The large-format cover art of vinyl records is one of the key draws for many music fans. There’s nothing quite like the blank canvas of a 12inch record cover for making an artistic statement that compliments your music.
In the digital age, some would go as far to say we’ve lost the art of making great album covers – a situation not helped, of course, by the limited screen real estate on your typical smartphone. Despite this, I’d argue there are still plenty of artists releasing music with inspiring cover art, and with new vinyl sales continuing to rise year on year, many of these designs will have the chance to shine in their full glory.
From time to time, however, an album surfaces whose artwork would probably benefit more from succumbing to the missing artwork placement image on i-Tunes than it would from large format vinyl.
To celebrate the importance of strong artwork as part of the complete package that makes a great record, we’ve compiled a selection of the best and worst album covers known to man.
Starting with the worst… partly because I just fancied a chuckle. Whether it be the slow creep of time or simply bad choices, these album cover are just plain wrong:
Worst Album Covers
Oh Ken…. Still waiting for those requests.
John! What exactly happened at Julie’s Sixteenth?
Jumping to present day, here’s an odd one from that ever eccentric character, Kanye West. I don’t know much about the contents of this record musically, but from this album cover, I can’t quite work out if he’s being ironic, facetious, or just plain mental.
As if it wasn’t enough that the slow creep of time would inevitably date Gary’s flared jeans and questionable haircut, he had to pose like that and name his album “Getting Down to Business”.
If there’s a running theme throughout all the bad cover art, it’s that appearing on your album cover in the fashions of your era can really come back to haunt you. This example for The Faith Tones is case in point really.
Best Album Covers
The Smiths shied away from putting themselves on album covers, and instead opted to showcase Morrissey’s pop-culture influences.
The genius behind this approach is that it gave the band’s releases a uniform identity unlike anything else at the time, while simultaneously helping to prevent the covers from dating.
I’m particularly fond of “The Queen is Dead” cover featuring French-Swiss actor, Alain Delon.
In my eyes, no list of great album covers would be complete with featuring Pink Floyd’s iconic Dark Side of The Moon album cover.
A cliche, perhaps, but its success speaks for itself; rarely does such a simple piece of imagery become so synonymous with a single band.
Walk through any shopping mall today, and there’s a strong chance you’ll encounter at least one person wearing this cover as a T-Shirt.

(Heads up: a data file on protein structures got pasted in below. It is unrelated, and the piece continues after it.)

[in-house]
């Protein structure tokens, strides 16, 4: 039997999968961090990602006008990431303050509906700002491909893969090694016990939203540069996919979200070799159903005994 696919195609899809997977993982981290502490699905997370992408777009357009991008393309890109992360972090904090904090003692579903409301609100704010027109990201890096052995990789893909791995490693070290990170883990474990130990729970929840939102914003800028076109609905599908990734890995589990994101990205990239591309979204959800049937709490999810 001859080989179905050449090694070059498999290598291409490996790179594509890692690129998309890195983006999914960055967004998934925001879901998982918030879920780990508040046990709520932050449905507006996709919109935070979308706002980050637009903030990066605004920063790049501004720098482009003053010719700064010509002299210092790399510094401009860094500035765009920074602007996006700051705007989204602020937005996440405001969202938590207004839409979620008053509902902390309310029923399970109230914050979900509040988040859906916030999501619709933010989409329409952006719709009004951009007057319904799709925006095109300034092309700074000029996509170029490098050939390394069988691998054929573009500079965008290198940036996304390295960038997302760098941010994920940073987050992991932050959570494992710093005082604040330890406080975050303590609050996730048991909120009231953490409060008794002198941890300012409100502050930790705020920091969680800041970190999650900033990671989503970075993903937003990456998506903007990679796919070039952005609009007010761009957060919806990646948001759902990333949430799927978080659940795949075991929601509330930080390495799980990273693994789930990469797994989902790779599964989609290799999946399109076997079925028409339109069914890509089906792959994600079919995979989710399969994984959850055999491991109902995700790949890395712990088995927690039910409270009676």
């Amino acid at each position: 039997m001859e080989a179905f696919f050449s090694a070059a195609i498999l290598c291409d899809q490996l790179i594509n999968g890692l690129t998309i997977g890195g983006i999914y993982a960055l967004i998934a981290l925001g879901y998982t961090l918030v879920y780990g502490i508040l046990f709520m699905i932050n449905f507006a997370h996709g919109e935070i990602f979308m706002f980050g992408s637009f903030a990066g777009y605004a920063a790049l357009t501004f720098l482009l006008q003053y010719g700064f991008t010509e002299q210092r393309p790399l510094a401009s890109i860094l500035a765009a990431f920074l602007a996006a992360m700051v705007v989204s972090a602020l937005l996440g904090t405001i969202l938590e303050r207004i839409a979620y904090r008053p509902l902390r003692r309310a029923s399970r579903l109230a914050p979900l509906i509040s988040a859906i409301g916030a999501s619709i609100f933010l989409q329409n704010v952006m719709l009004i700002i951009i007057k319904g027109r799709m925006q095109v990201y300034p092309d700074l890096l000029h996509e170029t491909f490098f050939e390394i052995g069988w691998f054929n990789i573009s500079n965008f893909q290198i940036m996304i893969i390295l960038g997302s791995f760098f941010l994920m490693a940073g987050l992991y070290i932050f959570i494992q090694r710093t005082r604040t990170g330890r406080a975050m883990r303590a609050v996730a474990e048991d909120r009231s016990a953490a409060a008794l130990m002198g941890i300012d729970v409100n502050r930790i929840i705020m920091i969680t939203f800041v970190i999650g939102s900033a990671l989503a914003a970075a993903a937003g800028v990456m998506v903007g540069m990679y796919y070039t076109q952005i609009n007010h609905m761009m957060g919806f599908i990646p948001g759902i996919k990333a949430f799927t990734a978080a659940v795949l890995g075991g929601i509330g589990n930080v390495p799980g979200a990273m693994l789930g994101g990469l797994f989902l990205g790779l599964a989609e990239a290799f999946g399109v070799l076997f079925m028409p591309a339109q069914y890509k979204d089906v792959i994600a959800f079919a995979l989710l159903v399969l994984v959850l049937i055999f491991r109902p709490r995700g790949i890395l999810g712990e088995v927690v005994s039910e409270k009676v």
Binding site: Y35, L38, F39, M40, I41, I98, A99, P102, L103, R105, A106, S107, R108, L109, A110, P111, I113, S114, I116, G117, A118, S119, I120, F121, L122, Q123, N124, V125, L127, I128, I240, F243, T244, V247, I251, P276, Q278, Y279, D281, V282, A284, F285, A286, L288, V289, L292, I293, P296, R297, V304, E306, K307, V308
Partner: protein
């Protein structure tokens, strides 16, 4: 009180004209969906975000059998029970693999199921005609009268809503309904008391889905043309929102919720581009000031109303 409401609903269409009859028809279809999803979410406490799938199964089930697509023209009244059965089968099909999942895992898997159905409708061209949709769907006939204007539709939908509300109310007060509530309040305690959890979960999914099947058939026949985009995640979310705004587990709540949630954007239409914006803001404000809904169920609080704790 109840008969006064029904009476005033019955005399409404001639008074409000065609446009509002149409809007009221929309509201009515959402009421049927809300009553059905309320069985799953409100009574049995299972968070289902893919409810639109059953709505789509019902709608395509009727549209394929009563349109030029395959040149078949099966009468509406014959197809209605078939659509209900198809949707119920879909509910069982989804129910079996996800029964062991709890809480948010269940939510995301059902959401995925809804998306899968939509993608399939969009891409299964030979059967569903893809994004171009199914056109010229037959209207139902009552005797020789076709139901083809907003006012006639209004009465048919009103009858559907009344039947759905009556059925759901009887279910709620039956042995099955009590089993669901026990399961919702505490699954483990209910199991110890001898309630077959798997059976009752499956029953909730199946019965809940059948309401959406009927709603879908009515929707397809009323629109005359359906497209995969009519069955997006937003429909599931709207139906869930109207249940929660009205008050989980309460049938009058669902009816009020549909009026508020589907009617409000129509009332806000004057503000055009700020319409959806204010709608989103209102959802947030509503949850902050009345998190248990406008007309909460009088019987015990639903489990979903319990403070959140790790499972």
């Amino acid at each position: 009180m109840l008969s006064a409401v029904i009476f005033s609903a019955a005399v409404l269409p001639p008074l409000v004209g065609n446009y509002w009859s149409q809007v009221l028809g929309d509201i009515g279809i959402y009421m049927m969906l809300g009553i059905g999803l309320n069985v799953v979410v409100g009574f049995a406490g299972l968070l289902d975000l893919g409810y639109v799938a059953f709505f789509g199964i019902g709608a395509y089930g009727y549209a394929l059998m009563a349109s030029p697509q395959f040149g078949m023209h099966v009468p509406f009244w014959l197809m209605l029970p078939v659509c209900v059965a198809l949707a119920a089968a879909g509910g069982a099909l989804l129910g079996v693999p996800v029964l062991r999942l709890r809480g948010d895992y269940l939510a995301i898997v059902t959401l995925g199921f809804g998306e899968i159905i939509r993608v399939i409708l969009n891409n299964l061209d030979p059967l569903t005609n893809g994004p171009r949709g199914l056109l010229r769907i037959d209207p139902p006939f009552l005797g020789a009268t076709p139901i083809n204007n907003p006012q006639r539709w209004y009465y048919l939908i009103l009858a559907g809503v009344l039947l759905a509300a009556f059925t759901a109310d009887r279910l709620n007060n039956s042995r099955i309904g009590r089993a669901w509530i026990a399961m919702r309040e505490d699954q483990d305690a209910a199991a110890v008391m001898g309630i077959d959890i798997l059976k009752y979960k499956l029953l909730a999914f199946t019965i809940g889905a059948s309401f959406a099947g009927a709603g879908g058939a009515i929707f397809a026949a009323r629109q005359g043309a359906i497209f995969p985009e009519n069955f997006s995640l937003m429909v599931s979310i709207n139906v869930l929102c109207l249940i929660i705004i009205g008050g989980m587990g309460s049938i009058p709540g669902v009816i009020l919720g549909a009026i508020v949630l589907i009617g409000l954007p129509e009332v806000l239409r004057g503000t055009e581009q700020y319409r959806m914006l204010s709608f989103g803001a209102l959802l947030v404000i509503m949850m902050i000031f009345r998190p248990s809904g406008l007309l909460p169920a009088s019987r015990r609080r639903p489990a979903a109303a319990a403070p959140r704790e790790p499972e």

More interesting, is the age of said T-Shirt bearers, which varies from 6 to 60. (I plucked that figure out of thin air, but you catch my drift).
The sentiment behind avant guard music and Pop Art were intrinsically linked by their desire to break with convention. In this sense, the experimental performance style and challenging lyrical sentiments of The Velvet Underground are a match made in heaven for Andy Warhol’s eccentric brand of 1950’s and 60’s Pop Art. He’s also credited with producing the album.
Early first pressings actually featured a “Peel slowly and see” feature that revealed a flesh-colored banana underneath. These first pressings are now a much sought after collector’s piece.
Aside from being one of my favorite albums of all time, the cover art for Fleetwood Mac’s Rumours is also a great example of how artists can make appearing on their covers work in a timeless way.
The cover features Stevie Nicks as her stage persona, while Mick Fleetwood poses in a classical getup with the infamous dangling balls.
Some say the album cover simply represents Mick Fleetwood’s leadership of the band through much turmoil during the making of Rumours, but whatever the meaning, I just love the beautiful simplicity and timeless quality of this iconic album cover.
It’s not just classic albums that feature inspiring cover art; there are plenty of new acts pushing creative boundaries with new techniques. Take Alt J’s An Awesome Wave, for example.
This cover art was made by layering multiple radar images of the Ganges river delta in Bangladesh.
The result exposes a multitude of colors formed by the variations in radiation occurring between each radar shot. Creative, modern, and more than befitting of Alt-J’s brand of Art School Rock.
It’s Very Subjective – Share Your Favorite Album Covers
The best (and worst) album covers is a very subjective topic. No doubt your top 5 would be different to mine. For me, the cover of a great album is equally as important as the music itself, and the large format of vinyl certainly helps bring it to the forefront. Often, great album covers become classic and completely inseparable from the music.
I’d love to see which album covers really made an impression on you (good and bad). Drop us a line in the comments with your favorites.